I’m not going to go into panic mode over THE FISCAL CLIFF!!!! either.
    These things have a way of working themselves out, and the Democrats have a strong hand with a good poker player running the show.
    I expect to see more growth, and a good result (for Democrats ) in the” fiscal cliff negotiations” with a minimal amount of economic disruption.

    Like or Dislike: Thumb up 4 Thumb down 0

  4. john personna says:

    Gosh, I wonder why Doug picked that cherry, and not say …

    Record Corporate Profits

    Like or Dislike: Thumb up 7 Thumb down 0

  5. michael reynolds says:

    @john personna:
    There can be no good news until we achieve Doug’s libertarian nirvana.

    If everyone found a million dollars in their stocking on Christmas morning we’d focus on the coming shortage of Porsches and beachfront property.

    Like or Dislike: Thumb up 13 Thumb down 0

  6. OzarkHillbilly says:

    In other news, Doug looked out his window at lunch, saw that it was sunny with blue skies and the temp was 62. To which he observed, “It’s still gonna snow this winter!”

    Like or Dislike: Thumb up 8 Thumb down 0

  7. Tsar Nicholas says:

    The real concern with the economy still so weak — despite rock bottom interest rates, relatively-benign inflation and trillions upon trillions of public dollars and the kitchen sink having been thrown at it by the Feds — is what on earth will it look like when interest rates inevitably rise and inflation inevitably has reared its ugly head? Well, you don’t need a finance degree to figure out that it’ll be grim. Real grim. It’s also not rocket science that with all this coffee talk about a “fiscal cliff,” this coming January, the real fiscal cliff will be presented when Social Security implodes upon itself. If Gen. Y was a stock I’d be short selling it.

    That all said, as we move towards having the final nails hammered into the country’s fiscal, monetary and economic coffins, it’s not the case that all is lost for all of us. There still are plenty of arenas in which pockets of success, capital returns and overall prosperity reside.

    Medicine. Engineering. Computer science and related fields. All remain part and parcel of long-term growth industries.

    Syndicated commercial real estate partnerships with preferred returns. Other hard assets, e.g., pipeline master limited partnerships. Precious metals. Certain foreign currencies, e.g., the Swiss Franc, Canadian Dollars, Australian Dollars. All remain viable long-term investments.

    Batten down the hatches, however. And caveat emptor. For it’ll be a bumpy ride. Politics and policies have consequences.

    Like or Dislike: Thumb up 0 Thumb down 5

  8. michael reynolds says:

    GDP grew faster than we thought, deficit dropping, record corporate profits, stock market up, housing market coming back. . . we’re all gonna die!

    Highly-rated. Helpful or Unhelpful: Thumb up 20 Thumb down 0

  9. gVOR08 says:

    @OzarkHillbilly: My brother from Minn. used to tell a story. He’d meet the local farmers at the hardware store. Always something: too hot, too wet, cost of fertilizers to high… Always something. Finally they had a year everything came together. perfect weather, bumper crop, crop failures elsewhere so record high prices. “Them heavy crops sure take a lot out of the soil.” Those good GDP quarters sure cut into capacity. But I’m sure it’s good news for John McCain.

    Like or Dislike: Thumb up 8 Thumb down 0

  10. It’s also not rocket science that with all this coffee talk about a “fiscal cliff,” this coming January, the real fiscal cliff will be presented when Social Security implodes upon itself. If Gen. Y was a stock I’d be short selling it.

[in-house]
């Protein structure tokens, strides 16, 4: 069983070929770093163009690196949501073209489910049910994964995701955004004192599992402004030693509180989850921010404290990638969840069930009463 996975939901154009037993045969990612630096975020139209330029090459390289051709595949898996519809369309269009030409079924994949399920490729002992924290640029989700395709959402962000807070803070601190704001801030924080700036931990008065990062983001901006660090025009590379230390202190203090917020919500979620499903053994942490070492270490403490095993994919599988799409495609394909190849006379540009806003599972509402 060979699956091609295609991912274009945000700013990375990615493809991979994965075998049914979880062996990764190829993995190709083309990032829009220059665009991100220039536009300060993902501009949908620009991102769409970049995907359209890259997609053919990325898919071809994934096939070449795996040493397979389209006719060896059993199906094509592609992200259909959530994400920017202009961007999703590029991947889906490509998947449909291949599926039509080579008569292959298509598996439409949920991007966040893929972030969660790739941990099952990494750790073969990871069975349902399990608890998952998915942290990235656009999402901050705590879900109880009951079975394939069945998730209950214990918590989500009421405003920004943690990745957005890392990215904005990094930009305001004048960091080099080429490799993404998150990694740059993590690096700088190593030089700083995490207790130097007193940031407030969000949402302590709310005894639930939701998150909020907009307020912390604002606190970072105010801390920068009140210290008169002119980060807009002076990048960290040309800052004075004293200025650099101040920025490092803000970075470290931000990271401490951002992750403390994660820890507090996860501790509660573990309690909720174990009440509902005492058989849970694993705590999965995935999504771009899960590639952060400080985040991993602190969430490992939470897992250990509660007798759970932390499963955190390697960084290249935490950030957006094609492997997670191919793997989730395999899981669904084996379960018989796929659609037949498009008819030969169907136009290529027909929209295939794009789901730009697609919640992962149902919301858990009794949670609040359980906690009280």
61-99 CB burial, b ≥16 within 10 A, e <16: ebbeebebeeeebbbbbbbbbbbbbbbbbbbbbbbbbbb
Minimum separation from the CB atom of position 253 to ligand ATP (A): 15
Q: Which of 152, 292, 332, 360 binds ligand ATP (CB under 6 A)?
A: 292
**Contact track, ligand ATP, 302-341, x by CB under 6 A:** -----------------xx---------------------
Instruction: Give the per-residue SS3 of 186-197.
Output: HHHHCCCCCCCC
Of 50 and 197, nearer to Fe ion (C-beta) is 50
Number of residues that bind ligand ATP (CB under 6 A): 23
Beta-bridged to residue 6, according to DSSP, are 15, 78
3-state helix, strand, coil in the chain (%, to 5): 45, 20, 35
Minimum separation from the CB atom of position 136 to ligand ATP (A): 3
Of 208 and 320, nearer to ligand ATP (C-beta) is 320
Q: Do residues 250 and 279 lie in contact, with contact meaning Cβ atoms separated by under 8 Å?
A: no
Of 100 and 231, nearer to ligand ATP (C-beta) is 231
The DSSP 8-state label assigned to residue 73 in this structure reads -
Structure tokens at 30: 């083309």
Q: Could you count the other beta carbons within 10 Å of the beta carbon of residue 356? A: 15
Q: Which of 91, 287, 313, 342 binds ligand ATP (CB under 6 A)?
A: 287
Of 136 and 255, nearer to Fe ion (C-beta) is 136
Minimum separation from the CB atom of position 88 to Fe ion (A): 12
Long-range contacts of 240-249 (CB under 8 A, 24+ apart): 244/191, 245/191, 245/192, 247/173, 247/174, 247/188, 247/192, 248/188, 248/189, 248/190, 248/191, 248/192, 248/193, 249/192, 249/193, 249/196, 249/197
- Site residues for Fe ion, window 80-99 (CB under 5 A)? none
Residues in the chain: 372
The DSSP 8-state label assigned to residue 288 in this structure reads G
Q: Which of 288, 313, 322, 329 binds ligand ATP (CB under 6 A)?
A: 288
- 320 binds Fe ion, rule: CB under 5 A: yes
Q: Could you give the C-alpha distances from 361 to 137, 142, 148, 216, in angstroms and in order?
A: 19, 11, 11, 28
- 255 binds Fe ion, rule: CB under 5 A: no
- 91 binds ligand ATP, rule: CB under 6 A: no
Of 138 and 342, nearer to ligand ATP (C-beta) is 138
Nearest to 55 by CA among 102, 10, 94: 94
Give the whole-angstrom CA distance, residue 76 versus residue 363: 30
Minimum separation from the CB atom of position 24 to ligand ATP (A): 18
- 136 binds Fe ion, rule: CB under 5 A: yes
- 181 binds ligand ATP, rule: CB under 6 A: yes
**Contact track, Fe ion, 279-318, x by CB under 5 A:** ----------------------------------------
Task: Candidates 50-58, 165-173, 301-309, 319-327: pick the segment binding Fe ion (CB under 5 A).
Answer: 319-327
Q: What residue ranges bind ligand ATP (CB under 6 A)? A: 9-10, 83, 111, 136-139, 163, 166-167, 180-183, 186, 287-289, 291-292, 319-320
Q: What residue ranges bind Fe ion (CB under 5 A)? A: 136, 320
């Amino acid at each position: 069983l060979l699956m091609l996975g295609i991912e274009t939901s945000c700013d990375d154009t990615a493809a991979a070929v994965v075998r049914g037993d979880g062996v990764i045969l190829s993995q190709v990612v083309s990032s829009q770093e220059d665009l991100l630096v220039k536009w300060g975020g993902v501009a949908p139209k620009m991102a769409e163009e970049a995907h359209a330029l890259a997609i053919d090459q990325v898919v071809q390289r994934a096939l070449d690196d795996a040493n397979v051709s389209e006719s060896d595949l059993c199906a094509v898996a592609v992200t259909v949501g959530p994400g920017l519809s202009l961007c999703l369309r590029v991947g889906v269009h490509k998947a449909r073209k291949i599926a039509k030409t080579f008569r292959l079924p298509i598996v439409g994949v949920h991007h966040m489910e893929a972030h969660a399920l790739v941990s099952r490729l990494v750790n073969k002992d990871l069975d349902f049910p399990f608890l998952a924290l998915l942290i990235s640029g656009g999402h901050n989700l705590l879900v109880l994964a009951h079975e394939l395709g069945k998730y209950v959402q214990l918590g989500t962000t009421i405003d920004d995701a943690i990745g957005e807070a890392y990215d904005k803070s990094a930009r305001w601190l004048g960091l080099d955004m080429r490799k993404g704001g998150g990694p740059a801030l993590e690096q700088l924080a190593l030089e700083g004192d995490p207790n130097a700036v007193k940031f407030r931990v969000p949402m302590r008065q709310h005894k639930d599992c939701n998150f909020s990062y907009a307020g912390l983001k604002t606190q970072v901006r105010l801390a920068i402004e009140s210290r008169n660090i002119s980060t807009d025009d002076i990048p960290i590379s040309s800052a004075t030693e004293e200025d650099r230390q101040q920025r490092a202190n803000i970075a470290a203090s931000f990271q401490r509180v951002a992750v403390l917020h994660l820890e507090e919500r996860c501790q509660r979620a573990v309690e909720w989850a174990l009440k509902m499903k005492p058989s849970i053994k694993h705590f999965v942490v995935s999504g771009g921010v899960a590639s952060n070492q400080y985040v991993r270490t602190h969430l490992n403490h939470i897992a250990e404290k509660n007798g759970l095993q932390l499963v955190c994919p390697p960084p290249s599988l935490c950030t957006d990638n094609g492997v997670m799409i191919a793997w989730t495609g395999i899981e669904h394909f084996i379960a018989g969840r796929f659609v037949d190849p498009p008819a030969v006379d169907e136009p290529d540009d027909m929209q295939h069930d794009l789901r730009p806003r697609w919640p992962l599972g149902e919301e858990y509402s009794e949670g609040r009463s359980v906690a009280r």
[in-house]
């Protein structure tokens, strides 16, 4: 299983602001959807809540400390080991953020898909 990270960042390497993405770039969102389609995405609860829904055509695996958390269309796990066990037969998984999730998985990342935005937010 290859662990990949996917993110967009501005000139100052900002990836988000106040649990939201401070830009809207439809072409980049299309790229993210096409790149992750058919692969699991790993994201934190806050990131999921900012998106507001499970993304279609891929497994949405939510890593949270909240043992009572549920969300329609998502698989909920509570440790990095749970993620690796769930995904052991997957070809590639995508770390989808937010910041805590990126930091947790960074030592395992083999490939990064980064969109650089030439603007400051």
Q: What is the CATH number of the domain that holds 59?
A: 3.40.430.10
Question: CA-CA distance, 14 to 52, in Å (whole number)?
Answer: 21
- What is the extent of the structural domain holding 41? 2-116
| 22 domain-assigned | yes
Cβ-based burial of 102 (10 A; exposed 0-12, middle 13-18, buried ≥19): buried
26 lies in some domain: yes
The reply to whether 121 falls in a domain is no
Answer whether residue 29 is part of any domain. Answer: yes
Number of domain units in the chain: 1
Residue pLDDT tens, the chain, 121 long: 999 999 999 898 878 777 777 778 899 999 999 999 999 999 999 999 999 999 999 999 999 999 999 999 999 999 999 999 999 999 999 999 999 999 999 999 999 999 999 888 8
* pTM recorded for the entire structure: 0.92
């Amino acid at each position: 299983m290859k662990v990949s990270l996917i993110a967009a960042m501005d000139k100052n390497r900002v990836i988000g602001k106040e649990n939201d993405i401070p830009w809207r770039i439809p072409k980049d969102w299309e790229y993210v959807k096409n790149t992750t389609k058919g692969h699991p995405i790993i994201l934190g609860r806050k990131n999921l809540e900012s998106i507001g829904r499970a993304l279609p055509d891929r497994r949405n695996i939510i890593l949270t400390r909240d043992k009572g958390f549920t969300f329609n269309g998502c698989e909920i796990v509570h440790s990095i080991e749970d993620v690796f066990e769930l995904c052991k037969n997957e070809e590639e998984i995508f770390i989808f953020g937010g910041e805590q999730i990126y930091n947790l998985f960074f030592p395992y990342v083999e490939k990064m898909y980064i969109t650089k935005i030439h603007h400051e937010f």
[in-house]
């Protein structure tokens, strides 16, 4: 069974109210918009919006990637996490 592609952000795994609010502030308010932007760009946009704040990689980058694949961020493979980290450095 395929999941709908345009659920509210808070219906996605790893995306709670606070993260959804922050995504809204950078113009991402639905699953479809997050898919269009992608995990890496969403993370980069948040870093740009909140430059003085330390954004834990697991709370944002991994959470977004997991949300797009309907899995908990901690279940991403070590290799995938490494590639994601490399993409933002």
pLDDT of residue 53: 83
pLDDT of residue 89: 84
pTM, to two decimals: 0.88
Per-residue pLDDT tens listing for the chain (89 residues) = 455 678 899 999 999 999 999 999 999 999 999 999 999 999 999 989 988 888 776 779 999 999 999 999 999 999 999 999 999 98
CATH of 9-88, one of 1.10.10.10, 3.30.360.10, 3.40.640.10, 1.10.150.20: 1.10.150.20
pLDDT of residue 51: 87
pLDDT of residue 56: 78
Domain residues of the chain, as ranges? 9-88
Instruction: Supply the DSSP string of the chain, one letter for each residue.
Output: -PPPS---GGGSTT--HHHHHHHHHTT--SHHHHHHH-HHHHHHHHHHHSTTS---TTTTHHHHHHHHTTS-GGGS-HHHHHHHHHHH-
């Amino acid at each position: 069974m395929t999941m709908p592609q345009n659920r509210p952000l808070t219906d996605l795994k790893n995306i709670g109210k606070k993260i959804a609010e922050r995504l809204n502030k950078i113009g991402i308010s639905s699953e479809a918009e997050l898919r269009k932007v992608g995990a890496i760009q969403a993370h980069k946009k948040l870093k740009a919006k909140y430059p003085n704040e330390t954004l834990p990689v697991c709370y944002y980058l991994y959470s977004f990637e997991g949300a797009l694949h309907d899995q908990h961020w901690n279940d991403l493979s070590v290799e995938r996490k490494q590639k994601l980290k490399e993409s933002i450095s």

Why Gen Y isn’t the one depending on social security payments to survive. If you really believe SS is about to implode, you ought to be shorting the Boomers.

    Like or Dislike: Thumb up 4 Thumb down 0

  11. @Tsar Nicholas:

    Batten down the hatches, however. And caveat emptor. For it’ll be a bumpy ride. Politics and policies have consequences.

    “If we can hit that bullseye, the rest of the dominoes will fall like a house of cards… Checkmate!”

    Like or Dislike: Thumb up 5 Thumb down 0

  12. C. Clavin says:

    Decreases in the UE are not good news…increases in GDP are not good news…polling wasn’t good for Obama leading up to the election he won…I’m sure the Dow at 13,000 is shitty news in Doug’s world.
    Personally…I only do recreational drugs…but if I was as depressed as Doug constantly seems to be…I might seek professional help…and pharmaceuticals.

    Like or Dislike: Thumb up 1 Thumb down 0

  13. Clavin,

    Read what Brad Plumer wrote. Then read it again. More than half of the 2.7% increase can be accounted for by things that will not be repeated in the future and which are unlikely to add to long-term growth.

    Like or Dislike: Thumb up 0 Thumb down 1

  14. C. Clavin says:

    “…despite rock bottom interest rates, relatively-benign inflation and trillions upon trillions of public dollars and the kitchen sink having been thrown at it by the Feds…”

    Actually Federal spending is flat. If the Obama Administration was spending money and growing Government the way that Republicans always spend money and grow Government then GDP growth would be at least a point higher…so 3.7…almost 4%. If you have a problem with the economy look at Republicans…they are intentionally holding it back.

    Like or Dislike: Thumb up 5 Thumb down 0

  15. C. Clavin says:

    @ Doug…
    So what…then something else will happen once…and then something else.
    And again…you are getting the economy that you want…spending is flat and Government is shrinking. Name one economy that has grown while shrinking Government.
    You’re getting what you want and still you’re a Gloomy Gus.
    If you won the lotto you might slit your wrists.

    Like or Dislike: Thumb up 10 Thumb down 0

  16. wr says:

    @Tsar Nicholas: “If Gen. Y was a stock I’d be short selling it. ”

    Yes. We know this. Do you know how we know this? Because you say the same idiot thing in every other message you post. At least four times a week. There is an infinitesimal chance that some reader might actually have cared about what you would do if Gen Y were a stock the first time you posted this. There is absolutely none that anyone still does.

    I’m really okay with your being a loathesome troll who believes that Americans who live in cities are subhuman. I’m fine with your complete inability to master the nuances of the English language.

    But for God’s sake, could you please come up with some original material or just shut the hell up?